Why refracting telescopes are popular

A good refractor is to be preferred when it comes to high-quality celestial observation, such as that which involves the user looking at anything from the moon to planets, binary stars, and globular clusters. Even nebulas and galaxies can be seen in a far more efficient way with the help of a refracting telescope. So, this is one of the first reasons why refracting telescopes are becoming more and more popular.

Another aspect that should be taken into account if you’re trying to figure out what type of telescope you should choose from the plethora of types available for sale these days is that refractors are capable of having the highest light transmission of all. Because they are not outfitted with a mirror obstruction, they ensure considerably brighter images. In fact, many specialized articles suggest that they are capable of transmitting approximately ninety percent of the light they collect. By contrast, catadioptric telescopes can transmit about 75% while reflectors can ensure a light transmission of about up to 80%, but no more.

One thing that should be given some thought to whenever you are in the market for a telescope and you’re trying to tell whether you need a refractor or not is that you might not need a large light-gathering capacity depending on what you’re trying to visualize. Some planets, as well as the Moon, are brightly lit, and so this feature matters less in this case. However, if you intend to get a telescope for deep space observation or for looking at star clusters and nebulae, you ought to consider a refractor as it is by far the best choice when it comes to gathering light. You can find out more about the essential aspects you should take into account when you’re trying to get a new telescope by reading this article from

An altazimuth refractor is a good choice when there’s only one person using the telescope. On the other hand, if you intend to get one for your entire family, perhaps you should opt for an equatorial mount equipped with a motor drive. The latter will ensure that the objects are centered and that everyone manages to look at the same celestial object.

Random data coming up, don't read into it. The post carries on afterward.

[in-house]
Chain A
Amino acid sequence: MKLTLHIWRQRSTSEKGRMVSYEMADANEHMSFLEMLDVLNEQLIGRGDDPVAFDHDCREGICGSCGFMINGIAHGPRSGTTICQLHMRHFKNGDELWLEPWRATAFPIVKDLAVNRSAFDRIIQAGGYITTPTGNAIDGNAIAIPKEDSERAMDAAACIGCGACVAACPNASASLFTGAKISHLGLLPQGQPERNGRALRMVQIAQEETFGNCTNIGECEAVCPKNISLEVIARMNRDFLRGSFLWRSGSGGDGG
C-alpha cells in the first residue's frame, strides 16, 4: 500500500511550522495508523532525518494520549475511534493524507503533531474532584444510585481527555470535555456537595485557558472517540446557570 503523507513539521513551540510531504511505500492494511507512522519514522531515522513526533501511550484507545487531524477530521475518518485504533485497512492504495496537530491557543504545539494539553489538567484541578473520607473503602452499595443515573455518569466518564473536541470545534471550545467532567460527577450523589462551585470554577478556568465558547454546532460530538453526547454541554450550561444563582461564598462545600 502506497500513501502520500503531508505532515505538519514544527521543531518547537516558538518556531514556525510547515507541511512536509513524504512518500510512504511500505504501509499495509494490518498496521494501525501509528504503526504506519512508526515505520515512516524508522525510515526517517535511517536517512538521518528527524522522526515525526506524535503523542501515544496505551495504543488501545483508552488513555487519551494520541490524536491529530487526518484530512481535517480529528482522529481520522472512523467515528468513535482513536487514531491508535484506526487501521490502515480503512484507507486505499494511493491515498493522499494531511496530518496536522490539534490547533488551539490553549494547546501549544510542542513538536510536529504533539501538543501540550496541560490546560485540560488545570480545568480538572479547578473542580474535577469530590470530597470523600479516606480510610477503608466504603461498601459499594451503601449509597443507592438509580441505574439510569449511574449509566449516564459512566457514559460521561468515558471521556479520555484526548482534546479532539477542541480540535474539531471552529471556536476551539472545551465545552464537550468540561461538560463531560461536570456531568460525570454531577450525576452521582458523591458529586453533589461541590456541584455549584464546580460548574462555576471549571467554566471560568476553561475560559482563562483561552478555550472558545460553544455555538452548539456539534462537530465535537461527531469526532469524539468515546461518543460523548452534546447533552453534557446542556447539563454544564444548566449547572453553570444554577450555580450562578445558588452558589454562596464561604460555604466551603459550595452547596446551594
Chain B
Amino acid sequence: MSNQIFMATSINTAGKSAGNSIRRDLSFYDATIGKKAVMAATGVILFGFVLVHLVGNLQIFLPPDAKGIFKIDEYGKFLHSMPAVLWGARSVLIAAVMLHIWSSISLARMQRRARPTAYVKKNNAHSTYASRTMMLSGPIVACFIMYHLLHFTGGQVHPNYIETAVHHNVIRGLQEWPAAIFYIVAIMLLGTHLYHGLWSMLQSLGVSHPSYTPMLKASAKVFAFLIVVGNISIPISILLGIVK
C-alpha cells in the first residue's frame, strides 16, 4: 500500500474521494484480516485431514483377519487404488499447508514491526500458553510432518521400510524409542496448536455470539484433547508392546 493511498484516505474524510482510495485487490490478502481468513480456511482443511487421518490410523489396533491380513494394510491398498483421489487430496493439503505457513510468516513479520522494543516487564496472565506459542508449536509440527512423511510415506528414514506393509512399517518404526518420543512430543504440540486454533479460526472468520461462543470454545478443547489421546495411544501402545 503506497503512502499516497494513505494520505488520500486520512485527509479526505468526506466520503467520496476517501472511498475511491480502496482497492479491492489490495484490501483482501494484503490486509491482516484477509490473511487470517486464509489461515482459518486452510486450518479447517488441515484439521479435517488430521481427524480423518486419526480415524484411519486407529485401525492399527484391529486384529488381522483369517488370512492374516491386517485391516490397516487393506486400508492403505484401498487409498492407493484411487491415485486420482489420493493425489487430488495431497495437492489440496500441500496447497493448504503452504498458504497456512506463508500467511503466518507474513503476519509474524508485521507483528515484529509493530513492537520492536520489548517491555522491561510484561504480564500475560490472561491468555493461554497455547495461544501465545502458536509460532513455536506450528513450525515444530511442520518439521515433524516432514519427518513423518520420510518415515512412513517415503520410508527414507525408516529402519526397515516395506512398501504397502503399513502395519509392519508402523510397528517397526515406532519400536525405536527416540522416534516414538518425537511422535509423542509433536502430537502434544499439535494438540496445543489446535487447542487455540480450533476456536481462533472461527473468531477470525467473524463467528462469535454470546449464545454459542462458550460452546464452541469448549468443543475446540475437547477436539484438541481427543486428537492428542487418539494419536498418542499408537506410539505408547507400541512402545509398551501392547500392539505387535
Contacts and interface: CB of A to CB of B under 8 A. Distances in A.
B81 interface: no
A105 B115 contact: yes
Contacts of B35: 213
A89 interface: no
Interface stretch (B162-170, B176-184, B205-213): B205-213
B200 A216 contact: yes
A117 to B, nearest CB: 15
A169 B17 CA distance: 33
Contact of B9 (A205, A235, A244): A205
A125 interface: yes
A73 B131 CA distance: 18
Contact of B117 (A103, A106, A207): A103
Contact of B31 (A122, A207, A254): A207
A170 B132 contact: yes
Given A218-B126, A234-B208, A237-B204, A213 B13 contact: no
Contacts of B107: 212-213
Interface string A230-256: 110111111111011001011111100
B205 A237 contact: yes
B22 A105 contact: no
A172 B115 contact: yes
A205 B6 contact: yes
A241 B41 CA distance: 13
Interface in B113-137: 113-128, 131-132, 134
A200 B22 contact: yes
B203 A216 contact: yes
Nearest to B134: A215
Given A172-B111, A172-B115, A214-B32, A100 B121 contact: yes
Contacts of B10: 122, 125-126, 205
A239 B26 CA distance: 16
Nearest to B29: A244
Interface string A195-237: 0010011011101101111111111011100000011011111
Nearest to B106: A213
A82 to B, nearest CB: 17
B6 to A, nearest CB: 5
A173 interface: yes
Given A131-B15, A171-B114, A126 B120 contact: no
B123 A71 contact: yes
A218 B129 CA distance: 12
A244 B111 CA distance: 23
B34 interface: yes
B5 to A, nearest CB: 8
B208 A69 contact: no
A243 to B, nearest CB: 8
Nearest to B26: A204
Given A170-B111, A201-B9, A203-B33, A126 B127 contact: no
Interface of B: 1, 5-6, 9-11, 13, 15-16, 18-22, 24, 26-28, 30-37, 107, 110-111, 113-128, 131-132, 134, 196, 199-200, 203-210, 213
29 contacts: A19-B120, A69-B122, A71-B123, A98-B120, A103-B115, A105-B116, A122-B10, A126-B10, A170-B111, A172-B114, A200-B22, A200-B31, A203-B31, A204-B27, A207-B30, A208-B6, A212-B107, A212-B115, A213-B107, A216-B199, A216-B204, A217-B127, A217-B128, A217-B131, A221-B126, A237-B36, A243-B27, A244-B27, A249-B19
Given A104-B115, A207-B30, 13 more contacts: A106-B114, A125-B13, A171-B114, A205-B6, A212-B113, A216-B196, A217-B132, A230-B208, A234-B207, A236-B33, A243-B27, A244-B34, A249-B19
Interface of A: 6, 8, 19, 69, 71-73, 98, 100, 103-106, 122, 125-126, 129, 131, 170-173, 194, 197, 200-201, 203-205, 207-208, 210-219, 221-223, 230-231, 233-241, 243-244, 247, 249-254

One important drawback of refractors is that they suffer from chromatic aberration. So, even if the images you will get to look at will be bright enough, they might not reflect the accurate colors of the celestial objects that interest you. Typically, refractors are lightweight enough to be carried with ease. However, if you want to go for a model that comes with a high aperture, it will inevitably be bulkier and heavier when compared to a reflecting or catadioptric alternative.

Plus, the better the features of the refractor, the more likely it is for it to cost a pretty penny. A high-quality apochromatic refractor can be about four times pricier compared to a Cassegrain or a reflector with almost the same characteristics. For instance, the minimum cost of a large aperture refractor starts at about five thousand dollars.


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